Robby Scott: B-
Scott has been fine when used as a situational lefty-on-lefty guy, but he has struggled mightily when they try to use him in as a typical mid-relief pitcher. The demise of Robbie Ross Jr. forced the Red Sox into a tough situation in which they are stuck with 2 situational lefties in Scott and Fernando Abad; nonetheless, Scott has not been able to step into the role of a full-time reliever.
Christian Vazquez/Sandy Leon: B-
Since they’ve split their playing time almost exactly evenly, I’m not going to bother giving Vazquez and Leon separate grades. They’ve both been good enough offensively and have provided great defense behind the dish. While neither of them have been All-Star caliber players, they’ve been the exact definition of a “B-”, good enough.
Matt Barnes: C+
Since being appointed the 8th inning man after a solid start to the season, Matt Barnes has been the definition of a wild card. He is just as likely to strike out the side as he is to walk 3 straight batters and force John Farrell to bring in someone else to try and clean up his mess. Ideally, Matt Barnes will get into a groove and give the Red Sox a go-to 7th innings guy. But if we’re being realistic, the Red Sox are playing Russian roulette every time they give Barnes the ball in a high-leverage situation, so all we can do is hope he comes through when it counts the most.
Deven Marrero: C+
You may be thinking this is too low for a guy that I support the Red Sox putting in the lineup on a fairly consistent basis, but let’s face it: Deven Marrero is a C+ guy. He’s not a young stud like Betts, Bogaerts, Bradley, and Benintendi. He always has been and always will be organizational depth. But that’s not a bad thing. Marrero has been the calm in the absolute shit-storm that has been 3rd base for the Red Sox this year. Don’t let the .225 average distract you from the fact hat Marrero has come up with some big hits this season and the Red Sox likely wouldn’t be in the position they’re in without him.
Hanley Ramirez: C
It may seem unfair to put Hanley below Deven Marrero, but he has not done his job as well as Deven Marrero has done his. As I said before, Deven’s role is to fill in when a Red Sox infielder gets hurt or benched. On the other hand, Hanley’s role is to be the Designated Hitter for the Boston Red Sox. Outside of the last two weeks, he has seemed somewhat passionless and has failed to step up. He is supposed to be the biggest power threat in this lineup, yet he has only managed 13 home runs to this point in the season. Hopefully he can stay motivated and continue to heat up, but I have not been impressed by Hanley’s 2017 performance thus far.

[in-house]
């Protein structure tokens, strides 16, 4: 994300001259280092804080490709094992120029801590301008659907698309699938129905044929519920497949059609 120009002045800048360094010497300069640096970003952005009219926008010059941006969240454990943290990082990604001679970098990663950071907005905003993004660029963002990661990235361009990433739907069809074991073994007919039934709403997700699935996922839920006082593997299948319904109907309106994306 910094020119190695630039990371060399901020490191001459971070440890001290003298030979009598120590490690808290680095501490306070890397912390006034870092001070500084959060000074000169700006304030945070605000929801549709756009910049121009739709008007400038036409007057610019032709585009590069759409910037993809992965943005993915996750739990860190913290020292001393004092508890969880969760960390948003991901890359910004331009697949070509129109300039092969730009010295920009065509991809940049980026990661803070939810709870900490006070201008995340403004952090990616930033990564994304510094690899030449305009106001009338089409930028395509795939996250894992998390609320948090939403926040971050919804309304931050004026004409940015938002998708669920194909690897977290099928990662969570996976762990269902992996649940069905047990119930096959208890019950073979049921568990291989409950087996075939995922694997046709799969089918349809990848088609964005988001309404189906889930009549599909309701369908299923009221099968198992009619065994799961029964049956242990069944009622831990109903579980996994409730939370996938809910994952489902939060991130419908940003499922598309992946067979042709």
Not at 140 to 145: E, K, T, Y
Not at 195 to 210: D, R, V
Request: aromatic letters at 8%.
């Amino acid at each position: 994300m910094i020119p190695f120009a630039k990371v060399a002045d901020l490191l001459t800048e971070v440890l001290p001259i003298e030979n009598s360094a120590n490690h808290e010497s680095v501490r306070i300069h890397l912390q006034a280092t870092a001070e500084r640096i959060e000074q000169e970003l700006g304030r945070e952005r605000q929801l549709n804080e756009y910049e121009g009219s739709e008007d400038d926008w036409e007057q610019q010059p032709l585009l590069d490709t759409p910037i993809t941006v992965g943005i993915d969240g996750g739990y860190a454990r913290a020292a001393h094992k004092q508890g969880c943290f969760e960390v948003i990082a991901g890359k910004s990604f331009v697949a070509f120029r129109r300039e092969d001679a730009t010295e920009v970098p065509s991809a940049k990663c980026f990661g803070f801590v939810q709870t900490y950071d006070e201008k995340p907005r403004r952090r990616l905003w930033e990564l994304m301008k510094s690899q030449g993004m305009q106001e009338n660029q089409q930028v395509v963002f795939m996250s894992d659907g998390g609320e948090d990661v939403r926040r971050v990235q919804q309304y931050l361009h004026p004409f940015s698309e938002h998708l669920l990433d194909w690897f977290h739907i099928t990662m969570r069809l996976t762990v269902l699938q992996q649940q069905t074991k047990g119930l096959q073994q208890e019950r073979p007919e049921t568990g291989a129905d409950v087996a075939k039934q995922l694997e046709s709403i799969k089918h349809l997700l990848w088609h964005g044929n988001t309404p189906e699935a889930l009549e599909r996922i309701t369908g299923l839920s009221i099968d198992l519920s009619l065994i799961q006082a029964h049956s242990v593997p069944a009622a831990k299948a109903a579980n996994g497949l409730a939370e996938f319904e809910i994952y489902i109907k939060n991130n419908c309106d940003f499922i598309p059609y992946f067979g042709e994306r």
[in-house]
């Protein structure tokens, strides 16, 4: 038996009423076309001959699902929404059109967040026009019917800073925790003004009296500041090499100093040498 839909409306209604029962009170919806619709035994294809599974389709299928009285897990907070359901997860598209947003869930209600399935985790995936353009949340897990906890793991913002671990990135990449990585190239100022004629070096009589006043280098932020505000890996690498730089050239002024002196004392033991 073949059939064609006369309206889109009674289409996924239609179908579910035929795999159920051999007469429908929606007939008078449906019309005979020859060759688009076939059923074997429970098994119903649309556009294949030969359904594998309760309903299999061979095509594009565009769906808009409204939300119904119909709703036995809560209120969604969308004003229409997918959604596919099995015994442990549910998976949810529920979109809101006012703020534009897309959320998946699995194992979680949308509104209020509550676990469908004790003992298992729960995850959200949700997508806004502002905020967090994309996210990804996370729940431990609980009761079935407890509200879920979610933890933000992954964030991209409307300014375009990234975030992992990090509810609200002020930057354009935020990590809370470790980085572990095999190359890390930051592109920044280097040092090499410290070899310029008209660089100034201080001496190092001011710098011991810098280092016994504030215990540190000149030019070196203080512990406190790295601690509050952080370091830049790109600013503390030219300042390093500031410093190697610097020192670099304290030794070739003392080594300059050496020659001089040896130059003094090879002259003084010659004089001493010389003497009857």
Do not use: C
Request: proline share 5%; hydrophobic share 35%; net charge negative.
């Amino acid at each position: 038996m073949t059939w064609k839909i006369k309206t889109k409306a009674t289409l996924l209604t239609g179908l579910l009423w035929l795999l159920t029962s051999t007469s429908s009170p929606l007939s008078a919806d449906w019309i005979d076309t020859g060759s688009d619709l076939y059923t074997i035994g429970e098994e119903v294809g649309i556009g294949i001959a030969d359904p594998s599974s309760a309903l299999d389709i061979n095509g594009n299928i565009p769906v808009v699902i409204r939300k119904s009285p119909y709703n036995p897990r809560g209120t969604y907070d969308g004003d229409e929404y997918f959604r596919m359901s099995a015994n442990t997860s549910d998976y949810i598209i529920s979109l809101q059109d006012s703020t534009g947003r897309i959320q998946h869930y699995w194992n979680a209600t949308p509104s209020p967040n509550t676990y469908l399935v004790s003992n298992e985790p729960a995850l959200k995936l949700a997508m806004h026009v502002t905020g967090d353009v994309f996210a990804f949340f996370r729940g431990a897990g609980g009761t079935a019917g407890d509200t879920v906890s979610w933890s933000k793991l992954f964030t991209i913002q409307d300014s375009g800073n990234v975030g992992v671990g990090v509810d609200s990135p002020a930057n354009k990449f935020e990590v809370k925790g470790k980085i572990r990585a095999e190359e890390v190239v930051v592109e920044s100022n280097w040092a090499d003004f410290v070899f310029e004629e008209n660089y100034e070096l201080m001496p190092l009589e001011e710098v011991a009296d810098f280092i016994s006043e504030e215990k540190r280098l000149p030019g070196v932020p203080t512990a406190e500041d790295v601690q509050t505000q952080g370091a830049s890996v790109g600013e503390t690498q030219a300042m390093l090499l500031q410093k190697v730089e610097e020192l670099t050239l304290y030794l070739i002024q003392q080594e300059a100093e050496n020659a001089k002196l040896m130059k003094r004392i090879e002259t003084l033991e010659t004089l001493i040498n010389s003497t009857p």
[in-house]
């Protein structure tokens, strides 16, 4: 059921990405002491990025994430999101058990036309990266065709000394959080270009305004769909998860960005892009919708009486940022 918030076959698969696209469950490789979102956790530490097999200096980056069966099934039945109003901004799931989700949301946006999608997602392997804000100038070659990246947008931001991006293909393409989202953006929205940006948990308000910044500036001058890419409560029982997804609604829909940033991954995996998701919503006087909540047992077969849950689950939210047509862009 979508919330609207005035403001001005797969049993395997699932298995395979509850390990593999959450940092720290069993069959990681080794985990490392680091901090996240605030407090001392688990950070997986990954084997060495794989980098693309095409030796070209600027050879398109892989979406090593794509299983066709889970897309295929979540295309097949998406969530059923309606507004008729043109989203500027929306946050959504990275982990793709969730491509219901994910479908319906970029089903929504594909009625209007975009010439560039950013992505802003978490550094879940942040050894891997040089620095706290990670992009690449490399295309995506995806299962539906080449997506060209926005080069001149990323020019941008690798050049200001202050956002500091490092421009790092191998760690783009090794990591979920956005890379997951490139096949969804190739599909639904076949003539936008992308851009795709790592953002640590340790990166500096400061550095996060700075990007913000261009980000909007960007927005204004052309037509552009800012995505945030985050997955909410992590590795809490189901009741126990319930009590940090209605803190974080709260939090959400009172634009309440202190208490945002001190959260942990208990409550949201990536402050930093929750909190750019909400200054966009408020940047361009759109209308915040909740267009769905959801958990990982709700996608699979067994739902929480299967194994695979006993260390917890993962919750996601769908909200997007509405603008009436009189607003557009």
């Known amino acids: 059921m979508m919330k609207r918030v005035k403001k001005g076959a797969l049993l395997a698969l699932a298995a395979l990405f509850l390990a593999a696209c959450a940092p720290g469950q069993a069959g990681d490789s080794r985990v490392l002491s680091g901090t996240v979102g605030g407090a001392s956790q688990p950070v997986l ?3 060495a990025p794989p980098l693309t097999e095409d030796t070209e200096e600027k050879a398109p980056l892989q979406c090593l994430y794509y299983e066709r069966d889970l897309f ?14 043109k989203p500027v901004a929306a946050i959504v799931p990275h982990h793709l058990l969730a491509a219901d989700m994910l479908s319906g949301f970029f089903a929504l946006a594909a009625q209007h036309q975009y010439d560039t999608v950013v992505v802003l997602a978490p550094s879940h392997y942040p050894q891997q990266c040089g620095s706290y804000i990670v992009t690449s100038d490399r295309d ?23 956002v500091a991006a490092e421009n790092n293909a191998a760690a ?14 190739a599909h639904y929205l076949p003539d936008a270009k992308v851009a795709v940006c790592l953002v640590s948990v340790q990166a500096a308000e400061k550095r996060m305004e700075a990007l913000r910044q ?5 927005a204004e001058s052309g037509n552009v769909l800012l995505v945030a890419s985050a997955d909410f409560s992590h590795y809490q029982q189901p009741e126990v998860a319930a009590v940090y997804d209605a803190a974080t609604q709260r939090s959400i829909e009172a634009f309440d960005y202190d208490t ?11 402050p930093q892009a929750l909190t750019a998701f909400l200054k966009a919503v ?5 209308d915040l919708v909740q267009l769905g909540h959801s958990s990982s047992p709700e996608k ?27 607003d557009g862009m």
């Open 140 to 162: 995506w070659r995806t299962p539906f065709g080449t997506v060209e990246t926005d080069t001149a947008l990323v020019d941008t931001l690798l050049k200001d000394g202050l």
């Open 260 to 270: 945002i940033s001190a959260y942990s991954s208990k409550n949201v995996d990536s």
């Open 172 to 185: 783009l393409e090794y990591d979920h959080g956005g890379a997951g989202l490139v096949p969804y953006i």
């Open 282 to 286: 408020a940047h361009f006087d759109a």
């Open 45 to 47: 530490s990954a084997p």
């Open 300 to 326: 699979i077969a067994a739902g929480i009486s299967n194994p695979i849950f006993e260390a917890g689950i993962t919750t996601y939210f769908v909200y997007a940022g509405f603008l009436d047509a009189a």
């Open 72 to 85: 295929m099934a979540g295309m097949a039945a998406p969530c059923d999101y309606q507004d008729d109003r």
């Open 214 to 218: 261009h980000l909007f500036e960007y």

Chris Young: C
Young has been nothing special this season. He’s done his job and given the guys in the outfield the day off and performed adequately when in the lineup. Could be better, could be worse.
Rick Porcello: C-
Rick Porcello has been nothing short of a disappointment so far this year. Until his most recent start in which he had a masterful outing against the Tampa bay Rays, Porcello’s ERA had ballooned to over 5. After seeing Porcello bounce back toward the end of 2015, I’m not ready to call this a lost season yet, but it’s going to take a major turnaround for Rick to regain the support of the fans.
Pablo Sandoval: F
Shockingly, in this scenario, F doesn’t stand for fat, frequent disappointment, or even fuck you Pablo Sandoval. F stands for failure. The failure for Pablo to meet even the lowest of expectations. He was unable to hit, unable to make routine plays in the field, and unable to make even the slightest repair to his already destroyed reputation with the Boston fans. Once his “rehab assignment” ends and the Red Sox are forced to make a move, that move should be to release Pablo Sandoval. Someone who loves himself so much and lives his life with such a sense of complacency clearly does not belong in Boston. Goodbye Pablo, see you never.
(Photo: Boston Herald)